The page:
Next page . . . . Previous page . . . . Speeches . . . . Contents . . . . Debates(HTML) . . . . PDF . . . . Video

Legislative Assembly for the ACT: 2016 Week 08 Hansard (Tuesday, 9 August 2016) . . Page.. 2551 ..

when a Labor government give the portfolio of education to somebody who is not in the Labor Party. Then when someone announces more money for helping our disabled kids in our schools they are criticised for doing so. That is, I think, reflective of just how far the government have drifted from their core Labor values. You are on a tram to nowhere.

MR RATTENBURY (Molonglo—Minister for Corrections, Minister for Education, Minister for Justice and Consumer Affairs and Minister for Road Safety) (8.48): I am pleased to speak to this year’s education budget. The government through this budget has chosen to invest in five key areas, each linked to improving student outcomes through quality learning, inspirational teaching and leadership, setting high expectations for high performance, connecting with families and school communities, and driving business improvements and innovation in education.

Right across the ACT public schooling system we are getting a growing number of students in our schools. The census showed a 14.9 per cent increase in the past five years. To me this a reflector of what the community thinks of public schooling; they know public schooling in the ACT is a good outcome. Parents are choosing to enrol their children in a public school, safe in the knowledge that they will receive a high quality education from kindergarten right through to college.

One of the key things in this budget is implementation of the schools for all program. The government is responding to all 40 recommendations of the schools for all report with $7.267 million in 2016-17 and a total of nearly $22 million over four years. Some of this initiative is partially funded from within existing resources in education, as I have made clear. But this is not just about delivering the 50 recommendations in the report; it is also about the cultural change. That is why this program is set down to take place over three years to give time to both delivering those 50 recommendations and to embed them in a way that drives a serious cultural change in our education system so that the spirit of that report is delivered as well as the specifics.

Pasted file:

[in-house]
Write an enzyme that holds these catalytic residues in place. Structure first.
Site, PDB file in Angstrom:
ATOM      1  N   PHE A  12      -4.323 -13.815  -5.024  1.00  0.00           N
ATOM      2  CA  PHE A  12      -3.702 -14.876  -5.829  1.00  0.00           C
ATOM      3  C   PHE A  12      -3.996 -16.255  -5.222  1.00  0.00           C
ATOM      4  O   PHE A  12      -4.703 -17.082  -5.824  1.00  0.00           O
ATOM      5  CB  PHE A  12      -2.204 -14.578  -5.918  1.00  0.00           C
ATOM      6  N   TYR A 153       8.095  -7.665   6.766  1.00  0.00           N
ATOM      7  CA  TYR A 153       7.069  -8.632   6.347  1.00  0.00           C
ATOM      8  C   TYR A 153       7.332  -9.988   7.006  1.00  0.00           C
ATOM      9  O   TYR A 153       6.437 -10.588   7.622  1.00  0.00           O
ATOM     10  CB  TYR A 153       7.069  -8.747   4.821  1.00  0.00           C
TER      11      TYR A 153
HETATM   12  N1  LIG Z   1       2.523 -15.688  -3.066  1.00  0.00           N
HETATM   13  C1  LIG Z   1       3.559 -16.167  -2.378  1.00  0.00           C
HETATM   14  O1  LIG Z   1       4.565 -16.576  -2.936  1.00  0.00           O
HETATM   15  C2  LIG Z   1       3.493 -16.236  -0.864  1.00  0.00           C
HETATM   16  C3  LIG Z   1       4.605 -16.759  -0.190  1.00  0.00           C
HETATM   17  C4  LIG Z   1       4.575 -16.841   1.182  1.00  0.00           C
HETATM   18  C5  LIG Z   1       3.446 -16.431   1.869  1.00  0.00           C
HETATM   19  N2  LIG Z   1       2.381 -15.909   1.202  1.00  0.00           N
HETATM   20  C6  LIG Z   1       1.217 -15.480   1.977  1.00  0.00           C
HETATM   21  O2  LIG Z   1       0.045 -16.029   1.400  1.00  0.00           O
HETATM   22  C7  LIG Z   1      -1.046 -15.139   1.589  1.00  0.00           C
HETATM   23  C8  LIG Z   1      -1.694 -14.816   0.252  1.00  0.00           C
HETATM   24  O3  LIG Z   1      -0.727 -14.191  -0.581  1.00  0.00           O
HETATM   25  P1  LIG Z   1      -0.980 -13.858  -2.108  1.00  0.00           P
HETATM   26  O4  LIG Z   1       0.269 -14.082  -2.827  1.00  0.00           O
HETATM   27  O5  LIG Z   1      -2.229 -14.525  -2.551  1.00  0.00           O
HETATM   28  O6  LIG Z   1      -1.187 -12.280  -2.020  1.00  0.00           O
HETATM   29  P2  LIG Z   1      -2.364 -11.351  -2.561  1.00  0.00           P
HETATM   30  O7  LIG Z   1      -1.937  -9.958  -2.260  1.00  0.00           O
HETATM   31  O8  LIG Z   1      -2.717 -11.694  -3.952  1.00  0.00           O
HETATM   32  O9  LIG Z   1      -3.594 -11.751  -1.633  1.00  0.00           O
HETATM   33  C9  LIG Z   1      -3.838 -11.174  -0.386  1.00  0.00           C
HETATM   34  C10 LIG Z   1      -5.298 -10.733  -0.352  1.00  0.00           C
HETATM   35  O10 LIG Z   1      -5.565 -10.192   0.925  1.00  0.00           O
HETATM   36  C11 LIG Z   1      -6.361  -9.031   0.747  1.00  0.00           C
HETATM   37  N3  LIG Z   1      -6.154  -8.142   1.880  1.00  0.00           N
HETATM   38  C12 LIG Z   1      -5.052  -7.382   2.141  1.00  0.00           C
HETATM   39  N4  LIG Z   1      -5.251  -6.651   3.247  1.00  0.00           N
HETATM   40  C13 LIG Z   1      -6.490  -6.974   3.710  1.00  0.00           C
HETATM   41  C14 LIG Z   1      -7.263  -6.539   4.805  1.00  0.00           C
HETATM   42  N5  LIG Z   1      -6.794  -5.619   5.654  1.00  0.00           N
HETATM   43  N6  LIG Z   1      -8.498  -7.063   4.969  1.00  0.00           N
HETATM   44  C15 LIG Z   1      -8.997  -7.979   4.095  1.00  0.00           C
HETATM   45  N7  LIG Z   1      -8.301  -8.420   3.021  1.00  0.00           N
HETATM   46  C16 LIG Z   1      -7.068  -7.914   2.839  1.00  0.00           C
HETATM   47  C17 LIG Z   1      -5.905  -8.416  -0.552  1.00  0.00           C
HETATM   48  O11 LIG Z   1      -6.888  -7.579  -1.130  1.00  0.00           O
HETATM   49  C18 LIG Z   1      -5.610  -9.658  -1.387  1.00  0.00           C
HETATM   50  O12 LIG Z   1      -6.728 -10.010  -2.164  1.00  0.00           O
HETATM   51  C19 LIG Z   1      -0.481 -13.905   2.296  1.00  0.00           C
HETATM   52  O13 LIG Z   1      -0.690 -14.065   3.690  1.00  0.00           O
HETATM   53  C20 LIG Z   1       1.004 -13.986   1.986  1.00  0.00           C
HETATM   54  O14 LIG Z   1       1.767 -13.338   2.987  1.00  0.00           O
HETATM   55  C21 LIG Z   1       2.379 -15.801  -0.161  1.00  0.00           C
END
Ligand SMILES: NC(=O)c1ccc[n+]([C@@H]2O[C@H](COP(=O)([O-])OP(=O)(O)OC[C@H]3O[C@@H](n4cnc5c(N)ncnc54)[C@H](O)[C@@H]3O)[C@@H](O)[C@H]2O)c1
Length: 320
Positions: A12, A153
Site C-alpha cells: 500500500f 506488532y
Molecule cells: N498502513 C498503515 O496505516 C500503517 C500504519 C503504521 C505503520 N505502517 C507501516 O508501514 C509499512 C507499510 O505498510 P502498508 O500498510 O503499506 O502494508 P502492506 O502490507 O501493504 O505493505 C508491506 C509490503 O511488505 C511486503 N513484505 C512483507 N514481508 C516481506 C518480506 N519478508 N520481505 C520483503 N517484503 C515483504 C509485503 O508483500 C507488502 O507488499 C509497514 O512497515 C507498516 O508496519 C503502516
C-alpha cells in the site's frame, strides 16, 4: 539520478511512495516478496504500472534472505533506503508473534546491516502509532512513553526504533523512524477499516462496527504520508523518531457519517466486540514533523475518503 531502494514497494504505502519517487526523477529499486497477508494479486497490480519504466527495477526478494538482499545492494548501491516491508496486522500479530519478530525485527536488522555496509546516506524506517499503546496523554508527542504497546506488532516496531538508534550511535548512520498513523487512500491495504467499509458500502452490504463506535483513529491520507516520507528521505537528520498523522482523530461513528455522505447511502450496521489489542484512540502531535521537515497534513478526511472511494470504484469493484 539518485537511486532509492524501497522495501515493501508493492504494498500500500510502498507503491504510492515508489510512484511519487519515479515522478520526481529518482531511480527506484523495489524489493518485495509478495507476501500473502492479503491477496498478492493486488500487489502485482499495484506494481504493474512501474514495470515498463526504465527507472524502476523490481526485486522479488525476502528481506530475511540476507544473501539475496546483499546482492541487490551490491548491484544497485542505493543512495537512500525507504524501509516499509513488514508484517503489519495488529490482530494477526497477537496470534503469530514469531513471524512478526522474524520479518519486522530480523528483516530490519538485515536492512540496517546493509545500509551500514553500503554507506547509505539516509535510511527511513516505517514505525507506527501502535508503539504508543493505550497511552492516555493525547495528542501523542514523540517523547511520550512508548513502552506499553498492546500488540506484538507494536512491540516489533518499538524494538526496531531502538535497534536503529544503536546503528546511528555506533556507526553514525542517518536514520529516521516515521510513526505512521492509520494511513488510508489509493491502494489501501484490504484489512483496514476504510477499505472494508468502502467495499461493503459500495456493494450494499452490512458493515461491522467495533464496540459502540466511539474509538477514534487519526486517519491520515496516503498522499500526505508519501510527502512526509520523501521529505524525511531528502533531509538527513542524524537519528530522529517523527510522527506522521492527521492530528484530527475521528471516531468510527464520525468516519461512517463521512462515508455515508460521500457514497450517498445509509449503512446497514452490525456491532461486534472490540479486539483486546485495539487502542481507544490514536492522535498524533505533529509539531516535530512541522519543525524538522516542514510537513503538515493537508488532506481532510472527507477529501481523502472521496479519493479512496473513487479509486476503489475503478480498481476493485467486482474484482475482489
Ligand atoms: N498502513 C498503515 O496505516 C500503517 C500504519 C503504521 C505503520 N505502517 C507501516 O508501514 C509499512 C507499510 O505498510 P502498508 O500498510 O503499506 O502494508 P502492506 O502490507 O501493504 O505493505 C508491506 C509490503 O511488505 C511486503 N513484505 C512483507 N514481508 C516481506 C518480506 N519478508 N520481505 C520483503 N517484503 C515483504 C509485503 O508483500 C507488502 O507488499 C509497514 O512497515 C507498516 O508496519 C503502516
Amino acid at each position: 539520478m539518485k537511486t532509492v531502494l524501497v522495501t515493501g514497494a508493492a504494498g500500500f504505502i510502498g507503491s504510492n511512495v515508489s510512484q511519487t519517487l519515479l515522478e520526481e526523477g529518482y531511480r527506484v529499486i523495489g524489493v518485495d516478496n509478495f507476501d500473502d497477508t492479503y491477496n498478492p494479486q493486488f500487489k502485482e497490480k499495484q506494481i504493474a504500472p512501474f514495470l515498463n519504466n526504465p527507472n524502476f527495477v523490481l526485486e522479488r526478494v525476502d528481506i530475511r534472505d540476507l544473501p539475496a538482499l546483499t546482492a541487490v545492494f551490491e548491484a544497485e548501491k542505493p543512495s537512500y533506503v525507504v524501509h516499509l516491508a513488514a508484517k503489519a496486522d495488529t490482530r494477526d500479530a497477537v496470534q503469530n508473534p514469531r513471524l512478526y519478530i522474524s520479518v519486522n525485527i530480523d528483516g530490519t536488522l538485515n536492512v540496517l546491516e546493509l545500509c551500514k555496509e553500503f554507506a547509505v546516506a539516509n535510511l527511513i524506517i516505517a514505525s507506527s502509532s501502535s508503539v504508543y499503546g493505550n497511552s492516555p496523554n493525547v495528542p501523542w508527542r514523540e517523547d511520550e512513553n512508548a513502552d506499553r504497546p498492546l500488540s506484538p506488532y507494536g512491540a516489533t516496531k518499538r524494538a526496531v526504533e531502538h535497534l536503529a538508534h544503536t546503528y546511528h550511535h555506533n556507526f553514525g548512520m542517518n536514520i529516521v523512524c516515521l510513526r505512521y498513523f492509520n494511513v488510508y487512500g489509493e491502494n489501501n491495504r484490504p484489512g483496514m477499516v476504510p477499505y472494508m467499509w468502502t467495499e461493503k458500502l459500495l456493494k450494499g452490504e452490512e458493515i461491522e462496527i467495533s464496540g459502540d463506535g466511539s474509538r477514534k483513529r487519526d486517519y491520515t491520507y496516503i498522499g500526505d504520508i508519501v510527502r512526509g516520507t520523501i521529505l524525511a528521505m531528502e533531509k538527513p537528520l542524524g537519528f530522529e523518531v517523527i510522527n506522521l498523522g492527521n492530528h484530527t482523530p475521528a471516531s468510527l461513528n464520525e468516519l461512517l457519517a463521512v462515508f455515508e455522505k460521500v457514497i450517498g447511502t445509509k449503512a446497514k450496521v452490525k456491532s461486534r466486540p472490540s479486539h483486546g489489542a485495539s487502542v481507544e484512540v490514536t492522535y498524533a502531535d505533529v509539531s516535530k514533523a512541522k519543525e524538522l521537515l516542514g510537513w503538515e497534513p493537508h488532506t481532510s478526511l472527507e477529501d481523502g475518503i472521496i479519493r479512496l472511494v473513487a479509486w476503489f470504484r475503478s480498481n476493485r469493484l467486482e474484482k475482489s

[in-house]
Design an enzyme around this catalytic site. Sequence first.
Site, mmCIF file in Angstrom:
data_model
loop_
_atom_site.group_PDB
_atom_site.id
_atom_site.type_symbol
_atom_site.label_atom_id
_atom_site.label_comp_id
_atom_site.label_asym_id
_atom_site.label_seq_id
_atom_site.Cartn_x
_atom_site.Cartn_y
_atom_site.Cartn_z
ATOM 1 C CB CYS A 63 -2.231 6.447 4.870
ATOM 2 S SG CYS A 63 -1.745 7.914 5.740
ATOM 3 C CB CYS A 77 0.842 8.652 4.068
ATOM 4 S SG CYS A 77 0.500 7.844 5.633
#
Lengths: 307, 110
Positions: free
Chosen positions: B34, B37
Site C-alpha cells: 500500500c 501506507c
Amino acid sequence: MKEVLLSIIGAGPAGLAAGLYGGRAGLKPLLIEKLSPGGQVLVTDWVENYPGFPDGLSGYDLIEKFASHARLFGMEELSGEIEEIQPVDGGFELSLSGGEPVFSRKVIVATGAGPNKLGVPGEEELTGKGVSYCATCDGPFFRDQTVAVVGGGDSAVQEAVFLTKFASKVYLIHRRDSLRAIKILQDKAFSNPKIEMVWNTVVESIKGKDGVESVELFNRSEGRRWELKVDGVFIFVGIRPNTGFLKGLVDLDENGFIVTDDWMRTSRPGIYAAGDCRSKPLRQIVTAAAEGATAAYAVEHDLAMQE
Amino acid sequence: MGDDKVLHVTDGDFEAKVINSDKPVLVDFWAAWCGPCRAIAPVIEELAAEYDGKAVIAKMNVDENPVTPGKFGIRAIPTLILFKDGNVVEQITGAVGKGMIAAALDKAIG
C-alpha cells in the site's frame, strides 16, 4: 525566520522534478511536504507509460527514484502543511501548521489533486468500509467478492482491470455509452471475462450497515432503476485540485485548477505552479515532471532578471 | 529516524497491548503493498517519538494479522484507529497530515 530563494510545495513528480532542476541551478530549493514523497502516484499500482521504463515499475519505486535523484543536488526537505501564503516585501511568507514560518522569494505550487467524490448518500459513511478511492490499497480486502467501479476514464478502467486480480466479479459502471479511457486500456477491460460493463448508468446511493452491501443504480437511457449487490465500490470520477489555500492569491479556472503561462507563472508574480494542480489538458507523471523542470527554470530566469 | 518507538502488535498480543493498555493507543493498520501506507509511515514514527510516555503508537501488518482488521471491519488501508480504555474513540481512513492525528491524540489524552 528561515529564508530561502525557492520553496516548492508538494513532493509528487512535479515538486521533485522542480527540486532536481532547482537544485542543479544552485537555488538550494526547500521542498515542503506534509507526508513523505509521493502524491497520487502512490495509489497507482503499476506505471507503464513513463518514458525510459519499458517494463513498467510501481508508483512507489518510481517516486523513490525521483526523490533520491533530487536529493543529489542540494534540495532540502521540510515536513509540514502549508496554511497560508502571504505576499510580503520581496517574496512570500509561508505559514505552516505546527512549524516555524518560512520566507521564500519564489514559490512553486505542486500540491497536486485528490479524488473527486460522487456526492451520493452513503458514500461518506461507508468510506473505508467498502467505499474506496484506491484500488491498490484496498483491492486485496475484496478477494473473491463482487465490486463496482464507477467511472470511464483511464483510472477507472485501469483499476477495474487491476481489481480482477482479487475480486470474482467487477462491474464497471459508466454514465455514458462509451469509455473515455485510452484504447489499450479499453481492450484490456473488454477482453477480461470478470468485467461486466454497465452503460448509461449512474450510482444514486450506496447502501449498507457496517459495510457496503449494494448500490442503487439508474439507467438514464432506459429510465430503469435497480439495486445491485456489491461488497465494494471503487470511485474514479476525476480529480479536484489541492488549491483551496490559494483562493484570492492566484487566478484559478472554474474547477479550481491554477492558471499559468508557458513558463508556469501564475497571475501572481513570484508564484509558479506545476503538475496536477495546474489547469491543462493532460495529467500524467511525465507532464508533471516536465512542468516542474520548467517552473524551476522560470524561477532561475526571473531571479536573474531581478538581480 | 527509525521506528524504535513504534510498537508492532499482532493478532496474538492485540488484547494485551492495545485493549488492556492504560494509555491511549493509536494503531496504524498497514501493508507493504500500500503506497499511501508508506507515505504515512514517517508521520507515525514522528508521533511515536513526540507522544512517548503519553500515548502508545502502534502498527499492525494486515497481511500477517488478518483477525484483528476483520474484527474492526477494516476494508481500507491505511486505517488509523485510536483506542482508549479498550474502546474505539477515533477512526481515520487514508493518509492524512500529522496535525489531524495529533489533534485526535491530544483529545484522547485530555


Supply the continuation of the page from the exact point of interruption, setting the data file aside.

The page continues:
The schools for all funding will strengthen the capacity of schools to support students and their families, through an additional 26 full-time allied health positions. This initiative delivers services, training and resources to support long-term educational outcomes for students with complex needs and challenging behaviours, as well as assessment and intervention for students with developmental delays and disabilities. We are bringing on four additional social workers and four additional senior psychologists to respond through the network student engagement teams in an acknowledgement of the concerns raised by teachers and principals that they are concerned about student wellbeing and mental health issues in their schools.

Combining this with a more efficient referral and case management system should serve to address some of these concerns. The directorate will continue to keep a close eye on this over the next year to see what progress we are making. I think these are important steps, and we need to keep looking at whether they are delivering the outcomes aspired to, whether more effort needs to be put in and whether it is addressing some of the gaps that are there.

Next page . . . . Previous page . . . . Speeches . . . . Contents . . . . Debates(HTML) . . . . PDF . . . . Video